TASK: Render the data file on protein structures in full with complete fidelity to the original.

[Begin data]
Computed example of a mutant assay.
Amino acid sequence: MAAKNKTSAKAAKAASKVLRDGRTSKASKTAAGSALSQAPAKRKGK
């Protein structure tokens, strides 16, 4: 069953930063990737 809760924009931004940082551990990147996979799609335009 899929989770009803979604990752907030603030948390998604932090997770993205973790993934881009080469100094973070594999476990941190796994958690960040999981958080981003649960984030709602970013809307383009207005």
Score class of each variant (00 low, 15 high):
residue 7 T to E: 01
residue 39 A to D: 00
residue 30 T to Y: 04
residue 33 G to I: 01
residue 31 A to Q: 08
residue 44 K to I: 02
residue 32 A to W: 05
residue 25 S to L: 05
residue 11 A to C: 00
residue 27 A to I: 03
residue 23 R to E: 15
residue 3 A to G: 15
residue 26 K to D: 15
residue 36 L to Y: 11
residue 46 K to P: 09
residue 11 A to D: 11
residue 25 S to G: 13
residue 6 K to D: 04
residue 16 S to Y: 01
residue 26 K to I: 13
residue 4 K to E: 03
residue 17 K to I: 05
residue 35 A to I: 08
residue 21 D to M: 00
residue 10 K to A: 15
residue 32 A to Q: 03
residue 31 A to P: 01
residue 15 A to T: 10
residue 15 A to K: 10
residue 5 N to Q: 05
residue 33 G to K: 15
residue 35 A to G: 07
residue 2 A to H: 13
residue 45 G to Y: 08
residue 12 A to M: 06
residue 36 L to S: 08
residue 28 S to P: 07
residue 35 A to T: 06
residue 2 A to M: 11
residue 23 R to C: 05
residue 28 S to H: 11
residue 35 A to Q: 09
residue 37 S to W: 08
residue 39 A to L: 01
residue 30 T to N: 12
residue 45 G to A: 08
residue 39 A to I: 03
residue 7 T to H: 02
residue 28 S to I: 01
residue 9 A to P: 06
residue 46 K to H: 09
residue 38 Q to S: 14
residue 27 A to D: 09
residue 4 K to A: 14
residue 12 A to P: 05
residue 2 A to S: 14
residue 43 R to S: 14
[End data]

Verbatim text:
Computed example of a mutant assay.
Amino acid sequence: MAAKNKTSAKAAKAASKVLRDGRTSKASKTAAGSALSQAPAKRKGK
């Protein structure tokens, strides 16, 4: 069953930063990737 809760924009931004940082551990990147996979799609335009 899929989770009803979604990752907030603030948390998604932090997770993205973790993934881009080469100094973070594999476990941190796994958690960040999981958080981003649960984030709602970013809307383009207005």
Score class of each variant (00 low, 15 high):
residue 7 T to E: 01
residue 39 A to D: 00
residue 30 T to Y: 04
residue 33 G to I: 01
residue 31 A to Q: 08
residue 44 K to I: 02
residue 32 A to W: 05
residue 25 S to L: 05
residue 11 A to C: 00
residue 27 A to I: 03
residue 23 R to E: 15
residue 3 A to G: 15
residue 26 K to D: 15
residue 36 L to Y: 11
residue 46 K to P: 09
residue 11 A to D: 11
residue 25 S to G: 13
residue 6 K to D: 04
residue 16 S to Y: 01
residue 26 K to I: 13
residue 4 K to E: 03
residue 17 K to I: 05
residue 35 A to I: 08
residue 21 D to M: 00
residue 10 K to A: 15
residue 32 A to Q: 03
residue 31 A to P: 01
residue 15 A to T: 10
residue 15 A to K: 10
residue 5 N to Q: 05
residue 33 G to K: 15
residue 35 A to G: 07
residue 2 A to H: 13
residue 45 G to Y: 08
residue 12 A to M: 06
residue 36 L to S: 08
residue 28 S to P: 07
residue 35 A to T: 06
residue 2 A to M: 11
residue 23 R to C: 05
residue 28 S to H: 11
residue 35 A to Q: 09
residue 37 S to W: 08
residue 39 A to L: 01
residue 30 T to N: 12
residue 45 G to A: 08
residue 39 A to I: 03
residue 7 T to H: 02
residue 28 S to I: 01
residue 9 A to P: 06
residue 46 K to H: 09
residue 38 Q to S: 14
residue 27 A to D: 09
residue 4 K to A: 14
residue 12 A to P: 05
residue 2 A to S: 14
residue 43 R to S: 14